The Nazca lines are ancient geoglyphs in the Nazca Desert in Peru’s Southern Ica region. They exist of hundreds of individual designs, varying in complexity between simple lines and stylized figures, such as hummingbirds, spiders and monkeys. In total all the lines cover a surface of approximately 280 square miles and some of the shapes reach a size of over 200 meters (the largest figure is a pelican of 285 meter).
There exist different interpretations about the purpose of the figures but in general they believe they had or a religious significance or that they were used for astronomical rituals.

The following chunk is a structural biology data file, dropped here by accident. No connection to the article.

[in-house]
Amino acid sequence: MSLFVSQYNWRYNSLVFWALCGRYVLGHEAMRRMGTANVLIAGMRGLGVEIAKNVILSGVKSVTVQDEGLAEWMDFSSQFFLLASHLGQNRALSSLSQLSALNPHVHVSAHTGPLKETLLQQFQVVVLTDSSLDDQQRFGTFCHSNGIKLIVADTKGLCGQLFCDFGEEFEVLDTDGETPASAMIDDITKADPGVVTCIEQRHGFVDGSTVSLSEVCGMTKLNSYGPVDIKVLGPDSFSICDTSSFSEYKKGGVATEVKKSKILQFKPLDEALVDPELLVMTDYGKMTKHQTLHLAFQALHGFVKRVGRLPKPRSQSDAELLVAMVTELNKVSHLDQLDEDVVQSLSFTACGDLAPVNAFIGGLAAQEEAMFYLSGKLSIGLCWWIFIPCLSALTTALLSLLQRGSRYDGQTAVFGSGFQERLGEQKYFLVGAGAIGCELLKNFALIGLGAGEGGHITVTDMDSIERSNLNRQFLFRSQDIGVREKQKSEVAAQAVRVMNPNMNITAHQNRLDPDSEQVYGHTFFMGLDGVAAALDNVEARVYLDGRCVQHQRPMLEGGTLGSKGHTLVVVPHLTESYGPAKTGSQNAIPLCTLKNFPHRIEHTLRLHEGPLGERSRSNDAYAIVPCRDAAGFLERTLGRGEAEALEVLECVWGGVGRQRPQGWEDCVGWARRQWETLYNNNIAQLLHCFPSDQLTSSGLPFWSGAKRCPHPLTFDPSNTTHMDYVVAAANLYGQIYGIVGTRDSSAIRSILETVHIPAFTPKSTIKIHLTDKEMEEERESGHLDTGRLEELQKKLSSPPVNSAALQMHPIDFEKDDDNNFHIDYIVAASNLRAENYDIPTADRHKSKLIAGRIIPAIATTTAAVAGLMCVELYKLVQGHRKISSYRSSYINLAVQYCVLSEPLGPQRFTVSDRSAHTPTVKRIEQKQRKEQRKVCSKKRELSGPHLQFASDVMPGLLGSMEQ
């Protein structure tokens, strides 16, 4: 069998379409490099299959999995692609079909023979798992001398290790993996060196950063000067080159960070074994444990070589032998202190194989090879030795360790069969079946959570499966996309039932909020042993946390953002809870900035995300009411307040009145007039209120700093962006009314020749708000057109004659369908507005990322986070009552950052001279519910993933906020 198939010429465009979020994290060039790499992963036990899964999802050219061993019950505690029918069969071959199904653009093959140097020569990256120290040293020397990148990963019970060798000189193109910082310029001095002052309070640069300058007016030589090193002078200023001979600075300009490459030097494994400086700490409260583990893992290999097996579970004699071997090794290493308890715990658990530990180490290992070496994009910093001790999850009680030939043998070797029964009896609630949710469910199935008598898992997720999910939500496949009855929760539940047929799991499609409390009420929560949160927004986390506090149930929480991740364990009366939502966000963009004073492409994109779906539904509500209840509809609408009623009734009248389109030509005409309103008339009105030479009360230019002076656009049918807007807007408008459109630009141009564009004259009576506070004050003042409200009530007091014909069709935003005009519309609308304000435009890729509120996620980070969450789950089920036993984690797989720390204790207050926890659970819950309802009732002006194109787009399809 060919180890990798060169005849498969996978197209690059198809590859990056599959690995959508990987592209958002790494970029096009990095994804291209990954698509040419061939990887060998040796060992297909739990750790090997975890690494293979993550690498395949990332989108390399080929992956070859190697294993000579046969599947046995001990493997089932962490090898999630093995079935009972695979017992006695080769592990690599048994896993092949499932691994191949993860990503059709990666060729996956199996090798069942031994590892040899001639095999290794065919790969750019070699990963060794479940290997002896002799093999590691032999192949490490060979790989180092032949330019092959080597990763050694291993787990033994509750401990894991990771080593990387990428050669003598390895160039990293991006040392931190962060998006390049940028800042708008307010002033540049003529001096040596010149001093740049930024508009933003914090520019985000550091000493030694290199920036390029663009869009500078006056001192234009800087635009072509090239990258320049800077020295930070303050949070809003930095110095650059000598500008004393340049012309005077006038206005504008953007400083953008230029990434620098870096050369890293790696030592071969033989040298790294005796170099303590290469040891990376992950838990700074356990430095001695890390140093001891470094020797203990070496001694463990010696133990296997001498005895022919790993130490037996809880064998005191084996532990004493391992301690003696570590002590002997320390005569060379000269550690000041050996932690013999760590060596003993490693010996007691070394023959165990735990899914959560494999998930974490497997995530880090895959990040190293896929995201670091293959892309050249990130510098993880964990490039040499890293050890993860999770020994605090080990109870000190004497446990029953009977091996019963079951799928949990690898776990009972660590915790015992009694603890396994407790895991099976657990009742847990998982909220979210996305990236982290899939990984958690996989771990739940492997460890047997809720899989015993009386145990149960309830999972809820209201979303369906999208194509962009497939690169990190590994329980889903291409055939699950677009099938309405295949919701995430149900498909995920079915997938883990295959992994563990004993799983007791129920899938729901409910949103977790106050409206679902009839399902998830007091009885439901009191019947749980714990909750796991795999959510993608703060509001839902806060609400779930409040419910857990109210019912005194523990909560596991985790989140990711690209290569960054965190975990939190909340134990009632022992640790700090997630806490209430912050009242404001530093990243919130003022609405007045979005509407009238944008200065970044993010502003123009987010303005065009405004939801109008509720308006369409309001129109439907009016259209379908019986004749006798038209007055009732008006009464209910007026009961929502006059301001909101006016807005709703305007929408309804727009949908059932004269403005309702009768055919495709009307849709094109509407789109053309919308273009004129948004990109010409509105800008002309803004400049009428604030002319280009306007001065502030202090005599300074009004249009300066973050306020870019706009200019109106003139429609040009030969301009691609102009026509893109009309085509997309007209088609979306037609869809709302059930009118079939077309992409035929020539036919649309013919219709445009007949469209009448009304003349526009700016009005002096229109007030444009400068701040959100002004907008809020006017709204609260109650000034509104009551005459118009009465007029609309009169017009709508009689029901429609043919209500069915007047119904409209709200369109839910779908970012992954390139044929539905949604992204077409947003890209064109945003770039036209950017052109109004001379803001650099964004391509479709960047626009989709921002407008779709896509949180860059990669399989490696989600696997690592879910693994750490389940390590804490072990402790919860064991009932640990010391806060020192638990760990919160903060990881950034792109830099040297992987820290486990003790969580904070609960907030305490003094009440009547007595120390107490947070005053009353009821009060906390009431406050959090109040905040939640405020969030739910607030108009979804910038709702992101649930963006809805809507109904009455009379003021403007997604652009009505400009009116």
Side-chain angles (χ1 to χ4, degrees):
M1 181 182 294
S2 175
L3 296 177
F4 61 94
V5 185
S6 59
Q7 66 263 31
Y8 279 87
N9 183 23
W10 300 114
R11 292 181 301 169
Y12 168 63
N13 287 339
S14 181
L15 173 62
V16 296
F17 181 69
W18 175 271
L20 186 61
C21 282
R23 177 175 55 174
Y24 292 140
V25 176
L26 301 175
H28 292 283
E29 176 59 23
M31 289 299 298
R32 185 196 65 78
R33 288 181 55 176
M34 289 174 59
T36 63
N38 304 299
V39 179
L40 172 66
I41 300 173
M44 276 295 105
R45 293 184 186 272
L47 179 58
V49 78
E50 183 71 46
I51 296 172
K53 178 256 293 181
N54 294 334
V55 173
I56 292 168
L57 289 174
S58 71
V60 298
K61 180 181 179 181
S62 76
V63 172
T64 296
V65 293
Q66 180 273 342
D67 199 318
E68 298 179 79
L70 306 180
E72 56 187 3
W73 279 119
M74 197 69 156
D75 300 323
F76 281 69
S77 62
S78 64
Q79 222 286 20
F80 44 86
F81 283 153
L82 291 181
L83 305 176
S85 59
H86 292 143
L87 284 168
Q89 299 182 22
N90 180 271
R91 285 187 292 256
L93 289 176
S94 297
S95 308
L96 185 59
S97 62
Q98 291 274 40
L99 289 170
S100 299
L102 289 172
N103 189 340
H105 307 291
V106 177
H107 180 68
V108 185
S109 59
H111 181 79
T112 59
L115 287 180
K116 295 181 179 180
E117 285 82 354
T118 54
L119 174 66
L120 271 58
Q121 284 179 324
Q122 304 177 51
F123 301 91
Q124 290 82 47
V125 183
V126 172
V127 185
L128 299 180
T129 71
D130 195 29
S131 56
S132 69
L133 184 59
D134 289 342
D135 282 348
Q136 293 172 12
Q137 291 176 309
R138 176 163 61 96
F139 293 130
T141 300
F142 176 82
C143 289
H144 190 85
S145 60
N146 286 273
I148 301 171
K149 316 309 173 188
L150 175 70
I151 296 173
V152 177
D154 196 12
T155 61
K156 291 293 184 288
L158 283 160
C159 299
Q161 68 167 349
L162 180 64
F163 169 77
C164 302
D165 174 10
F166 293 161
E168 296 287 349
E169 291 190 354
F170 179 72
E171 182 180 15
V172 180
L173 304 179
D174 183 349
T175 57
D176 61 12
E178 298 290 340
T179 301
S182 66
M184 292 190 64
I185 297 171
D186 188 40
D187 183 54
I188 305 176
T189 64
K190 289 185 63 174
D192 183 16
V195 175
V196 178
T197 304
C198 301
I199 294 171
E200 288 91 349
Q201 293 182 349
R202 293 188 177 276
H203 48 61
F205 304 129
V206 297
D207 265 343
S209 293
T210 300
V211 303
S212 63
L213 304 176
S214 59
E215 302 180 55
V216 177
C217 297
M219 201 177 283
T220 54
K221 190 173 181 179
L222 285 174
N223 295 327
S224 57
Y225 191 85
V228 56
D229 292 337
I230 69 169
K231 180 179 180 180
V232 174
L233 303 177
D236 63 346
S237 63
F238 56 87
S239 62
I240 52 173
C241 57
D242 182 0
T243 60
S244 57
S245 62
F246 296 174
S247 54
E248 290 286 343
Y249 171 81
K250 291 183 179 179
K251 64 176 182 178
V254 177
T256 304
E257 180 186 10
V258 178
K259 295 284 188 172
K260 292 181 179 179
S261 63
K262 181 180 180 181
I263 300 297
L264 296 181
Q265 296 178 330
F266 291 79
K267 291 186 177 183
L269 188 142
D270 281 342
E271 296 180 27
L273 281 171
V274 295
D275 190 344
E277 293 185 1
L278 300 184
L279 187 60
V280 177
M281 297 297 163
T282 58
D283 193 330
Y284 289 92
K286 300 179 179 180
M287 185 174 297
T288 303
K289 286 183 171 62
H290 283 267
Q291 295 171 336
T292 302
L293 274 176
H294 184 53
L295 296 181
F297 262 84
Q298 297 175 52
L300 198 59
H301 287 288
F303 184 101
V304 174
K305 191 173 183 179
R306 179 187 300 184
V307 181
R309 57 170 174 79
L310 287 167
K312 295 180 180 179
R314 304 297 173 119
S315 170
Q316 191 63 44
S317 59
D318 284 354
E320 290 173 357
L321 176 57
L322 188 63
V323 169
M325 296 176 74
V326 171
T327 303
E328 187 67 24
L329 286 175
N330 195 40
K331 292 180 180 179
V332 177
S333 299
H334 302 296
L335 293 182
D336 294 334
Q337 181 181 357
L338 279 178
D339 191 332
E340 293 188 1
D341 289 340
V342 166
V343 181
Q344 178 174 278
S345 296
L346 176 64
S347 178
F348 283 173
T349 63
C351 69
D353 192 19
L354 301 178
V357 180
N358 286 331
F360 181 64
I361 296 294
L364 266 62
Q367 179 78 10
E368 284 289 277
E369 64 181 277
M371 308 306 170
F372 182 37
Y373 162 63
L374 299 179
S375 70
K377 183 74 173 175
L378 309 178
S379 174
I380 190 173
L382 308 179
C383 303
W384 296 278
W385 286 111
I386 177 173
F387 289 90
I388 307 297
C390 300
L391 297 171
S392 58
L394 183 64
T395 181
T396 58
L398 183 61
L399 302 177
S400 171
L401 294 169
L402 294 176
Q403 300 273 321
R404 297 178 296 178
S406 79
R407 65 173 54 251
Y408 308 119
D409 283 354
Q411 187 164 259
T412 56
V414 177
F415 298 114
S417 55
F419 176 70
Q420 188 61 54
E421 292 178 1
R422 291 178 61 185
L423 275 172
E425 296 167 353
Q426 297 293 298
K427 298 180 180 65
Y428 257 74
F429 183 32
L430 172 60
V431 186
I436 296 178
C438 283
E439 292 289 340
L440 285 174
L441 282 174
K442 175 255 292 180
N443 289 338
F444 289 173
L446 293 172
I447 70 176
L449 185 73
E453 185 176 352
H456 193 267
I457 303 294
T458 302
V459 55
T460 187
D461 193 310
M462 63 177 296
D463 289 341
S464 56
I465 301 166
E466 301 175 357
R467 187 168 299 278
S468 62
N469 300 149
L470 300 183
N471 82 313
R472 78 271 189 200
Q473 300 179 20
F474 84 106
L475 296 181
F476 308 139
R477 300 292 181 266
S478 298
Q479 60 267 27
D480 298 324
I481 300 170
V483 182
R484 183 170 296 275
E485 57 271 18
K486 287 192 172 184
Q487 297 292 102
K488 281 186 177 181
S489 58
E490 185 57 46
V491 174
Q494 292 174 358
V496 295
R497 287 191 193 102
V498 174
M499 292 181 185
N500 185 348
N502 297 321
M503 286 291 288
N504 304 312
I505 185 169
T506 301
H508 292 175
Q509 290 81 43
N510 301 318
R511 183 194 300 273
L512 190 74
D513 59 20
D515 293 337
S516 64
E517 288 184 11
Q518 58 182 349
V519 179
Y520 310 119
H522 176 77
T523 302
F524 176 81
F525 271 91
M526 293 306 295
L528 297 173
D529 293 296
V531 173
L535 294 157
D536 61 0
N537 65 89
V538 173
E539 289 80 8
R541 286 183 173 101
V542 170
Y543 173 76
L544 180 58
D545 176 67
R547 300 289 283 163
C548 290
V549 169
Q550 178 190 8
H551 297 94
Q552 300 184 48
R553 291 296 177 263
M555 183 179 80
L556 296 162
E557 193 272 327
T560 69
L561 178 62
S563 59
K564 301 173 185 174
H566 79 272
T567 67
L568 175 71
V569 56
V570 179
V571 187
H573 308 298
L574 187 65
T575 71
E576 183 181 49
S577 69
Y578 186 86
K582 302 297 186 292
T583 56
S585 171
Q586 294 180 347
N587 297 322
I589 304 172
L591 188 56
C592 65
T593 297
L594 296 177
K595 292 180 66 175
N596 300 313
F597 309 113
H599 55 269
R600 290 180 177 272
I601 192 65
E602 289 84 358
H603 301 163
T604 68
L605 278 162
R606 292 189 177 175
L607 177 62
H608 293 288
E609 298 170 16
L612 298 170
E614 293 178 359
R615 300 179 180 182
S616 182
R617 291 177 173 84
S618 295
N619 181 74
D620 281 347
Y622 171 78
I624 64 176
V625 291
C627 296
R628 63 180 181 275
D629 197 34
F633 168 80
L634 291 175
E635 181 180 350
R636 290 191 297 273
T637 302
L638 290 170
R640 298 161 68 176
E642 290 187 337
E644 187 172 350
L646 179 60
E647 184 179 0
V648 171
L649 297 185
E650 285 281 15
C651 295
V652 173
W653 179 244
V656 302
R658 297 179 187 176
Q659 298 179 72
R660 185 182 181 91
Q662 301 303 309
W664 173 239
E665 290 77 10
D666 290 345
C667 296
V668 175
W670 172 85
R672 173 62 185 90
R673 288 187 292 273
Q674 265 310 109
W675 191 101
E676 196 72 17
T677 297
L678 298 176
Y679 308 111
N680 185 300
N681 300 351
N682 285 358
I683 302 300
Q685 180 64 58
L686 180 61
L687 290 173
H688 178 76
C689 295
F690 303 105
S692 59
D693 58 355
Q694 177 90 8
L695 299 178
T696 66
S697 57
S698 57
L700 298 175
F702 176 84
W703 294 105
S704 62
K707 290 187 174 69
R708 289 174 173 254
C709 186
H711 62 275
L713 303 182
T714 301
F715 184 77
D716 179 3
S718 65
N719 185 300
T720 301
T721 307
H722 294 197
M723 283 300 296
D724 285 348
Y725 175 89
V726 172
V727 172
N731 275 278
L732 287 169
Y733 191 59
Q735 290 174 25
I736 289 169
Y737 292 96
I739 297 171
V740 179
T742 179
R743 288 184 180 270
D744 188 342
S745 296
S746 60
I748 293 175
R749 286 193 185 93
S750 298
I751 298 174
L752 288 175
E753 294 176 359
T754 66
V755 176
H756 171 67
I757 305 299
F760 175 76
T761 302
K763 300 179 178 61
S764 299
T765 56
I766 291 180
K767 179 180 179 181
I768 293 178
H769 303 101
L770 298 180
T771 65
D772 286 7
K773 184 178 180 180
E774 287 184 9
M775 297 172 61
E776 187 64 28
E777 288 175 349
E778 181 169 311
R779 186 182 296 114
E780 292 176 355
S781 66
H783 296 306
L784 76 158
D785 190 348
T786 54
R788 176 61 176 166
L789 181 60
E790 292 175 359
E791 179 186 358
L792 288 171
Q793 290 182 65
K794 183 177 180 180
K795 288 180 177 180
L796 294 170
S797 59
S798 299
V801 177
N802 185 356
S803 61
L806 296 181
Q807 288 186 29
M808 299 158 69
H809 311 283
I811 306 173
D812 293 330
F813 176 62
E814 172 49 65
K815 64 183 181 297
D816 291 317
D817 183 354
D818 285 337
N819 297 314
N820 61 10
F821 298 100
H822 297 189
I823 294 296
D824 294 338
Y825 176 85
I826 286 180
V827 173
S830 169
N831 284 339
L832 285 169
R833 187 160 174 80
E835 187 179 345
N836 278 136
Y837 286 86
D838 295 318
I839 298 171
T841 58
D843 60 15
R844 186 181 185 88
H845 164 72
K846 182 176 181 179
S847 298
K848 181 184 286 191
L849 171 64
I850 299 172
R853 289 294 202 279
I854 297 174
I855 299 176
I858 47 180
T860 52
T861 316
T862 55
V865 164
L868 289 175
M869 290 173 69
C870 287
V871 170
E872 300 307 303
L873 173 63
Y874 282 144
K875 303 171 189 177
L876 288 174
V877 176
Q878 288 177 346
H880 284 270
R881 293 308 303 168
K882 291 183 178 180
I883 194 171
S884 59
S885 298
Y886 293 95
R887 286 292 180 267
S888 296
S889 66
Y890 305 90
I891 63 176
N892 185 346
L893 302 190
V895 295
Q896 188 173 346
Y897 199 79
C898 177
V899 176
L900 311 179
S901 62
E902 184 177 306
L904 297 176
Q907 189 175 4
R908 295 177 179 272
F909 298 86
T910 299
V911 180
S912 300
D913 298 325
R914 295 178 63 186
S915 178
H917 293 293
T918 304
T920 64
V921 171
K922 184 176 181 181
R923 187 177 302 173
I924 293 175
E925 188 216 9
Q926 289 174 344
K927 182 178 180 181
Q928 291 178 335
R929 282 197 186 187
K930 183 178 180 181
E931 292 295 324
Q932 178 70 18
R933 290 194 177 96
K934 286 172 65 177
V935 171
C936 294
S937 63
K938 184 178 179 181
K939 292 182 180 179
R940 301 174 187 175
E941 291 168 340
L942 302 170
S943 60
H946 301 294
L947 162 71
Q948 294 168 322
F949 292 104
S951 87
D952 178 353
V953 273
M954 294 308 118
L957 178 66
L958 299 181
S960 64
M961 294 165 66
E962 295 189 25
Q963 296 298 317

There are as well differences of opinion concerning the period they have been scratched into the ground. Some believe the lines were formed by the Nazca Culture between 400 and 650AD, others support the idea that they are part of the Paracas Culture which flourished between 800and 100BC and some others assume they were created over a thousand years between 500BC and 500AD.
Because of their size, quality and continuity they are among archaeologists’ greatest mysteries and, since 1994, they are a UNESCO World Heritage.
And, thanks to high winds and sandstorms, a pilot and researcher, named Eduardo Herrán Gómez de la Torre, spotted recently previous unknown geolyphs while flying over the Nazca Desert.
According to him, one of the shapes projects a, 60- meter long and 4- meter wide, snake. Furthermore he discovered, among other things, a bird and a zig zag line.